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SW7770 Case Assignment #2
Cognitive Assessment

Assignment is to be type-written and double-spaced. Due Date: 3/30. Select an event that led to an unpleasant emotion for you. Select an event that you will be able to do an in-depth dysfunctional thought record on for your assignment. (75 points).

1. Complete the Dysfunctional Thought Record (DTR) form on the selected event. This can be handwritten onto the form. (See supplemental reading on ERES that addresses evaluating automatic thoughts.)

(I have adapted the questions from the DTR form to fit here, so that I can type the answers rather than handwrite them. In writing these paragraphs, I am slipping between present and past tense, in a bid to preserve the original raw material from March 20 along with my subsequent comments on it.)

Choose one situation that impacted your automatic thought(s) and complete the following Dysfunctional Thought Record.

I want to address a situation that has generated thoughts that, at this moment, are quite powerful for me. In exercises in other classes, some students have used made-up situations rather than real-life scenarios of real significance to them personally. I have noticed that such students have not seemed to become very engaged with the exercise. In the interests of learning as much as possible from the current assignment, I am describing a situation of intense personal meaning. Doing so has the unfortunate byproduct of generating a lot of material, and making a lot of extra work for both me and the reader. But it is an interesting situation, and I hope the reader will find it interesting.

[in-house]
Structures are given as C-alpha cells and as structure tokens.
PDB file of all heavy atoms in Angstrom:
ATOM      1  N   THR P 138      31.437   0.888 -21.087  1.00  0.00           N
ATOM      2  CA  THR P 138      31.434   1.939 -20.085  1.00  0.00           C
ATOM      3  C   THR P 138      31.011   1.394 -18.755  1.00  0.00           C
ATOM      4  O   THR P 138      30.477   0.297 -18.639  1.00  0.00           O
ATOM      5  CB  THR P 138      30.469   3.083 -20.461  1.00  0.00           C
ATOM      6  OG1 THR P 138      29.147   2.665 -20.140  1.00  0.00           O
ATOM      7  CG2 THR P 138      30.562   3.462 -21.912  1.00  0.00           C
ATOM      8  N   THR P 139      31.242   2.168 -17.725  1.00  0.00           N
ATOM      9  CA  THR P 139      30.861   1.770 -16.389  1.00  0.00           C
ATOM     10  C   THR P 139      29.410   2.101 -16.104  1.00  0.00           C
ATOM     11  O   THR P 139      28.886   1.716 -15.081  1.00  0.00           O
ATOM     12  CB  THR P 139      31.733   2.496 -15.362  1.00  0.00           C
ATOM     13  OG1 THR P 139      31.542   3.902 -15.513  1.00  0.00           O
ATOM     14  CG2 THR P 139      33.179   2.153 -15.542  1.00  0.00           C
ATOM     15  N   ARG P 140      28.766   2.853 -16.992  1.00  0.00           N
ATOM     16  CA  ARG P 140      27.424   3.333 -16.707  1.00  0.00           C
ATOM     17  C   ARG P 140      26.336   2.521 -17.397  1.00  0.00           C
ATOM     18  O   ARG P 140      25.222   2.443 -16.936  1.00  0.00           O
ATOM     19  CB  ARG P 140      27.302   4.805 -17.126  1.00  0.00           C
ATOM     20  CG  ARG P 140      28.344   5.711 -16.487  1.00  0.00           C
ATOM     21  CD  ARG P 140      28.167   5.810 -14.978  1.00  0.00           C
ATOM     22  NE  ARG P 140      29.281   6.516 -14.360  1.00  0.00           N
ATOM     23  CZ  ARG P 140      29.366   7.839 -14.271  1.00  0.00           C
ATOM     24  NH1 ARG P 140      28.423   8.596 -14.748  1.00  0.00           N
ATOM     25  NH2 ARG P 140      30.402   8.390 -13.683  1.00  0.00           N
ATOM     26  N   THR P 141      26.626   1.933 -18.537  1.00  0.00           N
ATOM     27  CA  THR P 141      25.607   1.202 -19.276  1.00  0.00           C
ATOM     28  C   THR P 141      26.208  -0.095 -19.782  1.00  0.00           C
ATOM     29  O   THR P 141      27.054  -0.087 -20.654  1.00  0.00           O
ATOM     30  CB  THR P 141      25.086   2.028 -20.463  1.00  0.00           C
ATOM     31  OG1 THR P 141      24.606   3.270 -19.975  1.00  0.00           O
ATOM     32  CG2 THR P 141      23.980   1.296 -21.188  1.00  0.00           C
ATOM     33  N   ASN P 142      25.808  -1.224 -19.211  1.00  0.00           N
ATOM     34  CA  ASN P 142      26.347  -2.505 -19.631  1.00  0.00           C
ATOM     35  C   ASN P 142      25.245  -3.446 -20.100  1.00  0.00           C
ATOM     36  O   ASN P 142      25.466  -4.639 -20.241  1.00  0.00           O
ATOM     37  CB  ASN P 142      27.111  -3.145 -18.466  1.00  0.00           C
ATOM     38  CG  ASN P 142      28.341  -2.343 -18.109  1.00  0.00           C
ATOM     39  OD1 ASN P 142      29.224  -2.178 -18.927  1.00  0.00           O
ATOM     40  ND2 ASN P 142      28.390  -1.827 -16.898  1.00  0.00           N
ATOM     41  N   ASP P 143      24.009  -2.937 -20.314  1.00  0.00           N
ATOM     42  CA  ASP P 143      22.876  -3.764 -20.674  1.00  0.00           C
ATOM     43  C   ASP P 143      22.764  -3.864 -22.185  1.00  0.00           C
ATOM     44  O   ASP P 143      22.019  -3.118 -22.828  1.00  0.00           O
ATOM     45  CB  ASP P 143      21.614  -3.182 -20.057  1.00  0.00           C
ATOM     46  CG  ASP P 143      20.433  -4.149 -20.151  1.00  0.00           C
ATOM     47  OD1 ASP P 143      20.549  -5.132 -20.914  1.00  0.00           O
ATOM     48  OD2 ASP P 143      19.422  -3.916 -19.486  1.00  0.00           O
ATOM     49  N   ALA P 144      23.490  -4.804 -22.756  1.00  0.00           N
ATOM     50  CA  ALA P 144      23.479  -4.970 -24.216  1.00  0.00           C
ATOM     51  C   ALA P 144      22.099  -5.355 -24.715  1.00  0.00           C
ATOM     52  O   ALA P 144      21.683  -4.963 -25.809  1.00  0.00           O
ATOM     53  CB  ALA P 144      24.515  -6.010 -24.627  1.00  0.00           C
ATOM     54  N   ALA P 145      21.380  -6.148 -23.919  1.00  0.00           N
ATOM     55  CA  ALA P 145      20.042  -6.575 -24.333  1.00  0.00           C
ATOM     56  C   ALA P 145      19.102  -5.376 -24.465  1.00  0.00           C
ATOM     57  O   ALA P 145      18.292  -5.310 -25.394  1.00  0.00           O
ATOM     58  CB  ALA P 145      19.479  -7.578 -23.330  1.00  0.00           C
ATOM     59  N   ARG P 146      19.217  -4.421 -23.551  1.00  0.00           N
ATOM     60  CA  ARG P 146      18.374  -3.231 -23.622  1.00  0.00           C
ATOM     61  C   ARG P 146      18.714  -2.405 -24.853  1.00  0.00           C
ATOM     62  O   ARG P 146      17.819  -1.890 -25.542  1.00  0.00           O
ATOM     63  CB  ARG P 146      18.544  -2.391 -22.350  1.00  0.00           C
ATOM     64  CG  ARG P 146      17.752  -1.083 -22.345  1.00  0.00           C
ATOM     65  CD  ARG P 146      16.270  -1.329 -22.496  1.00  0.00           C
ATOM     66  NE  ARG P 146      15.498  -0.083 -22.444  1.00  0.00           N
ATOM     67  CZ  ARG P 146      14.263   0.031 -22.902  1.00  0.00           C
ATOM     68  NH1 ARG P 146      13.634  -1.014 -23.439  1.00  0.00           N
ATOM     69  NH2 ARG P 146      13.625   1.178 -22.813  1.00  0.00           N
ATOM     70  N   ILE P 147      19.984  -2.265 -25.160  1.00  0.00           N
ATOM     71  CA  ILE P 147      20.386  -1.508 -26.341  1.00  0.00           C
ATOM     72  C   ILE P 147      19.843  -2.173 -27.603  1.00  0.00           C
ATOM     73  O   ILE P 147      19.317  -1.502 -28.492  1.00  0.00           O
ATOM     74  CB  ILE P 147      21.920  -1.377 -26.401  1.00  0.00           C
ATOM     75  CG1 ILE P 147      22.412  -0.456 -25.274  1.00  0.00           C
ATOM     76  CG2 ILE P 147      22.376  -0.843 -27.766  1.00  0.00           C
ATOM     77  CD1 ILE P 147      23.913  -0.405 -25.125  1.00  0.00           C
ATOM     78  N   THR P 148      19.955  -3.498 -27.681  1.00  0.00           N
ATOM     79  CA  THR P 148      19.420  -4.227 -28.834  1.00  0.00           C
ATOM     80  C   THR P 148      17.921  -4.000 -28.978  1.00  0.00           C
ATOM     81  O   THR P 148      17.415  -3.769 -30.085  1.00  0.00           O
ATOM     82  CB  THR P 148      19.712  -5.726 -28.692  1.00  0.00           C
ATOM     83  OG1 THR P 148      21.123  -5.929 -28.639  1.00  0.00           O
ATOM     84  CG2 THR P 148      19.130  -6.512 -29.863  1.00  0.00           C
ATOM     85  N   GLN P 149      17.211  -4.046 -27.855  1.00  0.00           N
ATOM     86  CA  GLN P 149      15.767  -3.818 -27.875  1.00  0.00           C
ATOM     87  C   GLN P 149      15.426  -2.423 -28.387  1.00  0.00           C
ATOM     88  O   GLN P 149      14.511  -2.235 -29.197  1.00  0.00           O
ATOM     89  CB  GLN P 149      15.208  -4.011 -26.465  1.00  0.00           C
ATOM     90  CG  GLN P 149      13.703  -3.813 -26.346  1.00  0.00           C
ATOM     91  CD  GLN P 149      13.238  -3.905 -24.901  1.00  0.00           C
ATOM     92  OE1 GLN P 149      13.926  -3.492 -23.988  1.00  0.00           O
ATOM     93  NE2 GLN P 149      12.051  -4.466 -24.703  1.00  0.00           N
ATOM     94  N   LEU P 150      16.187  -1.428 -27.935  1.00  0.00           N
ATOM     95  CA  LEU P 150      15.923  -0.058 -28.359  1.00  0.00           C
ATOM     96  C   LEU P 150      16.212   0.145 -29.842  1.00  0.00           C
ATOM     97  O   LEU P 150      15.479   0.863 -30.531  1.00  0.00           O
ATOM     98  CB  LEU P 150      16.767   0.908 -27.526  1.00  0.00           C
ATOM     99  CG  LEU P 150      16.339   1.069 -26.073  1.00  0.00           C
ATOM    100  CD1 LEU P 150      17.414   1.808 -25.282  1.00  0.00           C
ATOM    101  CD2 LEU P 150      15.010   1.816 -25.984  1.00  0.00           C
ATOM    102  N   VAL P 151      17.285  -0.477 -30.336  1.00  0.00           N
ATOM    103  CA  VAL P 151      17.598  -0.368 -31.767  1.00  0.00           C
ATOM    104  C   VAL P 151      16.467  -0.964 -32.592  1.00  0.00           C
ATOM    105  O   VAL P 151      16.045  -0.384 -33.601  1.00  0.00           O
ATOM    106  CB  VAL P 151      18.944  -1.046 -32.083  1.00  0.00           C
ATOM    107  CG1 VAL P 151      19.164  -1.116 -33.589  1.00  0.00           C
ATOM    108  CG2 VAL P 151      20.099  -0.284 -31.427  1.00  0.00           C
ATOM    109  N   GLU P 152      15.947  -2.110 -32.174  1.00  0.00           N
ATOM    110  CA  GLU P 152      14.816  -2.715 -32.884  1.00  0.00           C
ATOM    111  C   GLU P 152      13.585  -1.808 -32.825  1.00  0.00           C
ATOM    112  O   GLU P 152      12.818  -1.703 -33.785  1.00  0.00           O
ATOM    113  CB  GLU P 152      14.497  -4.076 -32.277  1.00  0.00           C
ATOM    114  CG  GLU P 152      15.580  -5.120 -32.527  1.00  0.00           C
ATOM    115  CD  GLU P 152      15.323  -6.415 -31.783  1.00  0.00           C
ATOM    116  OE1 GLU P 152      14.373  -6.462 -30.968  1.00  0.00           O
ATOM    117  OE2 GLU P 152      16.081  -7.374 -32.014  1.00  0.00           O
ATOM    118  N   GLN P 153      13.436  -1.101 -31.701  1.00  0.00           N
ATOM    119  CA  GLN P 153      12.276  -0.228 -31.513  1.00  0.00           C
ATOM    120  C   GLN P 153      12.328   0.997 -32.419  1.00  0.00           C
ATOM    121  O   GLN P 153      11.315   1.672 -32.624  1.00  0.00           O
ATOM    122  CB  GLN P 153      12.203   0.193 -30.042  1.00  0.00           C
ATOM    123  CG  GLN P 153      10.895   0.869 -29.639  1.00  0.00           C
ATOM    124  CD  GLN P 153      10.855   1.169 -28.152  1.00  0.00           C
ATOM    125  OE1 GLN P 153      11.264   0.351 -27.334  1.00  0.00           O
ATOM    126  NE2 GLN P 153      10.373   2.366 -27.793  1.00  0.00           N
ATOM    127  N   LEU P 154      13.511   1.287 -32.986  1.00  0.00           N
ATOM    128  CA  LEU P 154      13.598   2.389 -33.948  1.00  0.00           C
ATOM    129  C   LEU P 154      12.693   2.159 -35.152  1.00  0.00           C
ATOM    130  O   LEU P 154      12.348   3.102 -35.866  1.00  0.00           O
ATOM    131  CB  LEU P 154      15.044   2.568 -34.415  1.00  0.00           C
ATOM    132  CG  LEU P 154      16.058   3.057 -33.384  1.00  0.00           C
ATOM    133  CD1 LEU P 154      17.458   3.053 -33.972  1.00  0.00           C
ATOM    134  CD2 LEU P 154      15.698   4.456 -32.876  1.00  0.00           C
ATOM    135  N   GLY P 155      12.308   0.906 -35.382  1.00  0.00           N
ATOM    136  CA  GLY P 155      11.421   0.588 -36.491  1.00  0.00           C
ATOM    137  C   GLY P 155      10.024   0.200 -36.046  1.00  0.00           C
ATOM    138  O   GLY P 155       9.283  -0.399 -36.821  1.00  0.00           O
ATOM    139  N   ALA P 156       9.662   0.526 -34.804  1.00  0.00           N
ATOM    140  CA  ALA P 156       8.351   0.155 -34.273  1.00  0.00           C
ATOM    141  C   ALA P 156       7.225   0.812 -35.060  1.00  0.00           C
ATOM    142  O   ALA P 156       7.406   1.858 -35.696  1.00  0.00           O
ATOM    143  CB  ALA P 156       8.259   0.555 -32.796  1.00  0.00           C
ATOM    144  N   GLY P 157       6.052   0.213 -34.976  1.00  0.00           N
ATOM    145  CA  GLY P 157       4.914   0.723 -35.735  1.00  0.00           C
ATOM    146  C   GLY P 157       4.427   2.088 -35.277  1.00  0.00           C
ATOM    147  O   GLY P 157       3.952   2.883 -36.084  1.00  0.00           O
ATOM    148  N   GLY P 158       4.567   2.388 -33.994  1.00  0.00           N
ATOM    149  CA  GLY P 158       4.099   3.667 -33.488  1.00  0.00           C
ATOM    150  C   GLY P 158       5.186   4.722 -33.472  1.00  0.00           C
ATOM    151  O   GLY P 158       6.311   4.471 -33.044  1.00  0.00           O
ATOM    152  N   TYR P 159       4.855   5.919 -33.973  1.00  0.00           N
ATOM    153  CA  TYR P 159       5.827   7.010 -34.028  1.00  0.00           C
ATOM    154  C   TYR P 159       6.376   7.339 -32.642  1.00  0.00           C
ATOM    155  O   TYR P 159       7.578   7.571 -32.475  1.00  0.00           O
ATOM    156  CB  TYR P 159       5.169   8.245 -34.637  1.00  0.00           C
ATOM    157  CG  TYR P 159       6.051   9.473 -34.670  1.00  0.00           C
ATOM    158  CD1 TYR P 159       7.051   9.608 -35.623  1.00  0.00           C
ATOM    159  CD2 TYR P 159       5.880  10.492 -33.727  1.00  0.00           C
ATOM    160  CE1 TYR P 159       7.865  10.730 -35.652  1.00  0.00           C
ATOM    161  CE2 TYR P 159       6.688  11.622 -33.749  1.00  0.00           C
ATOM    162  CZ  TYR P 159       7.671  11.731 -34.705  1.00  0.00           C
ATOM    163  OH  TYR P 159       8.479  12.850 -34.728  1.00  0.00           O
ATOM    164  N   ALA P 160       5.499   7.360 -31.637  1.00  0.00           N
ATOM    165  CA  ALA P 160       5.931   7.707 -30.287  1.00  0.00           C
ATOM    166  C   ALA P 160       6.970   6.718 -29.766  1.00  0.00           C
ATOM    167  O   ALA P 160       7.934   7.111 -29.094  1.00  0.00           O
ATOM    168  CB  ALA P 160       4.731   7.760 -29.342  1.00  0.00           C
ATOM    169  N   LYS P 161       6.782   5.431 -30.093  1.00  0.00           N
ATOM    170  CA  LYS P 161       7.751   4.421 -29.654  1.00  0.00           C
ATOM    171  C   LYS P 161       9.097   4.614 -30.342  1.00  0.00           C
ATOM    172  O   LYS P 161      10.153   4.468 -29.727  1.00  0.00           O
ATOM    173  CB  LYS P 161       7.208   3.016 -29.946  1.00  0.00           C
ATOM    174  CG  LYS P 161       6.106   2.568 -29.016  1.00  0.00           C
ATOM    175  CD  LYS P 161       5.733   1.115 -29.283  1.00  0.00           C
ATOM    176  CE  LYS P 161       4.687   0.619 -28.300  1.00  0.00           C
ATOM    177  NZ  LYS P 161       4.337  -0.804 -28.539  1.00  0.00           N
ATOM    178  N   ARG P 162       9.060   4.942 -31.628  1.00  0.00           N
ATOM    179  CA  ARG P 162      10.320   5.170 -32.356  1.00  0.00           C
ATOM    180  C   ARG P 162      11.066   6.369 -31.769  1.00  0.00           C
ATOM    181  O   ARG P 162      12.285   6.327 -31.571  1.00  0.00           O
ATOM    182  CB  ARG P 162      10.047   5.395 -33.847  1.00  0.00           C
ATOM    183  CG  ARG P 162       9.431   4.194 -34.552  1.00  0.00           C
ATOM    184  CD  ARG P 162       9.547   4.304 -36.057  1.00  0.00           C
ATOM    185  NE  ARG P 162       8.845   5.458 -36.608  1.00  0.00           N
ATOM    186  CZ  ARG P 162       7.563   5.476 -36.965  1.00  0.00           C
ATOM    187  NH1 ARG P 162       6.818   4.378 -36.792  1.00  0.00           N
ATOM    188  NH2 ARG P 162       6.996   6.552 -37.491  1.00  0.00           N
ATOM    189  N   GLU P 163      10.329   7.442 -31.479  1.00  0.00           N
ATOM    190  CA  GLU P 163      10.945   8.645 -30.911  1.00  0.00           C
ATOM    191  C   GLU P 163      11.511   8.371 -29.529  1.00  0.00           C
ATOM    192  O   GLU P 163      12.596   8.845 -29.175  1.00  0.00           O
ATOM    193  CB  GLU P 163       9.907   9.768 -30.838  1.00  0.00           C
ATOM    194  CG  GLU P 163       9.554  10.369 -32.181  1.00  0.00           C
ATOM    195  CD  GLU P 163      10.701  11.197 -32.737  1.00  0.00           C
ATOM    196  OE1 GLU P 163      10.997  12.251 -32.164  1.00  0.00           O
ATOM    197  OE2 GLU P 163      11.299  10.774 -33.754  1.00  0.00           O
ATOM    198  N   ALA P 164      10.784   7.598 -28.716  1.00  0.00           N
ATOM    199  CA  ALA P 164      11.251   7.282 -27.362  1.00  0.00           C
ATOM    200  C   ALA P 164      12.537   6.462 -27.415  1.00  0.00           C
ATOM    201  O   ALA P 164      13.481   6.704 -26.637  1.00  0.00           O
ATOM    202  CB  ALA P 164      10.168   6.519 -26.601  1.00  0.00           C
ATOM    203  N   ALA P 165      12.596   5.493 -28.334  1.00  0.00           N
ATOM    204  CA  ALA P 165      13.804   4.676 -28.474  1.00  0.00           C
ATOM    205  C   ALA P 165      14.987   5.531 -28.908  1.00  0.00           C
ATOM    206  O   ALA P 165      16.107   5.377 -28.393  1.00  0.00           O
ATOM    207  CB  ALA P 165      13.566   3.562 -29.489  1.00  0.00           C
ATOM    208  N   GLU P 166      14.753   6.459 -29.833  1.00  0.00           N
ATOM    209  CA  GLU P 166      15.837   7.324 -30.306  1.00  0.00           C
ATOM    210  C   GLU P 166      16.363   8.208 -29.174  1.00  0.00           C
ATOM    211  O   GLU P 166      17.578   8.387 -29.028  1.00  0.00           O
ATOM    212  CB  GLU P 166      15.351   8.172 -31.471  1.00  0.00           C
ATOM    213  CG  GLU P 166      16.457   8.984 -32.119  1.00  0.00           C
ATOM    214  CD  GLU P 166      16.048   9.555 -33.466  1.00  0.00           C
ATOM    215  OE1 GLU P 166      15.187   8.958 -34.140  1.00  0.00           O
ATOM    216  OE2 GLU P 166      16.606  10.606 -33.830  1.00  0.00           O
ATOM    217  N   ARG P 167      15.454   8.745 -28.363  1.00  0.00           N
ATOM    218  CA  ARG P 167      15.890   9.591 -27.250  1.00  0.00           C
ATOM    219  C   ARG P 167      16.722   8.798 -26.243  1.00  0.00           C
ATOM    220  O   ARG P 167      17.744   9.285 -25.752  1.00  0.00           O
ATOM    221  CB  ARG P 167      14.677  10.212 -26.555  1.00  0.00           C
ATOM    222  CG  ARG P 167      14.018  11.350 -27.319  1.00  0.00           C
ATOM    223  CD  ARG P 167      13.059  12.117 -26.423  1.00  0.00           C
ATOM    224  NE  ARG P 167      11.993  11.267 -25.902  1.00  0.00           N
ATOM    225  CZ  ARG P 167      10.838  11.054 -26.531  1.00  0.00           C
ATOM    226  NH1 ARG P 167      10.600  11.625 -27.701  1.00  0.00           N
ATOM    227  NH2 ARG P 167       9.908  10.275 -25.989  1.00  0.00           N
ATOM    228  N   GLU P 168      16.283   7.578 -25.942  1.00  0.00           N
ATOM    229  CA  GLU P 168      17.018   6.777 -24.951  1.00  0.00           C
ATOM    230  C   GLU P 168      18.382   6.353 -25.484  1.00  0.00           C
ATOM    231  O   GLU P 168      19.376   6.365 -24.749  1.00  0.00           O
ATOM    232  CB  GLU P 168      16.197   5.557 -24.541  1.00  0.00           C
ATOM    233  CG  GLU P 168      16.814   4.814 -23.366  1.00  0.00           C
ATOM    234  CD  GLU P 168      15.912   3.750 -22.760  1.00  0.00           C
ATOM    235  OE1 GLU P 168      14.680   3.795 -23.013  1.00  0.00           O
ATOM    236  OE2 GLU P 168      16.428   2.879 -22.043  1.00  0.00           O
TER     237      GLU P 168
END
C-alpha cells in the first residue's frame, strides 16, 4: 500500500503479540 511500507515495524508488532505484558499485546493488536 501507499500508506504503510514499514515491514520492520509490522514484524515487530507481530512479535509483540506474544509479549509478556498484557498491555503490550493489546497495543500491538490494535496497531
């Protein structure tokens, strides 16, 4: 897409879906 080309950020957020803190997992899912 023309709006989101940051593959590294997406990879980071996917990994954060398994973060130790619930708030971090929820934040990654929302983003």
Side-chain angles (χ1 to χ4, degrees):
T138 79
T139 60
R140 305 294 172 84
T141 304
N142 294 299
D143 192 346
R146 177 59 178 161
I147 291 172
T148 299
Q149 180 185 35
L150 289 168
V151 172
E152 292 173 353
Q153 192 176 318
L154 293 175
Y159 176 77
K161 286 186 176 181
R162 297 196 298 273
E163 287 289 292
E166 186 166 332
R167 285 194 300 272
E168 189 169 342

The situation that I have chosen for this assignment arises from today’s (March 20) experience of anticipating a meeting, sometime this week, with the Provost regarding Dr. Kreuger’s complaint against me. It goes without saying that, in providing the following information, I am placing considerable trust in the reader’s integrity and sense of confidentiality.

DTR Heading: Situation

What actual event or stream of thoughts, or daydreams or recollection led to the unpleasant emotion?

The Provost indicated by e-mail that he expects me to come into his office and meet with him this week. I have been amenable to that. The upsetting part is that he expects this even though, to my knowledge, there is no charge against me that might warrant calling me on the carpet. From the materials available to me, plainly Dr. Kreuger is upset, but he seems to have withdrawn his earlier rant about academic dishonesty. So I do not understand why this matter lives on.

What (if any) distressing physical sensations did you have?

Tension. Nothing specific, physically; just tension. For a while, I might have experienced some narrowing of my field of vision, as I became focused on the computer keyboard on which I relied to deal with this upsetting situation.

DTR Headings: Automatic Thought and Emotion

What thought(s) and/or image(s) went through your mind, and how much did you believe each one at the time? (0-100%) What emotion(s) did you feel at the time, and how intense was the emotion? (0-100%)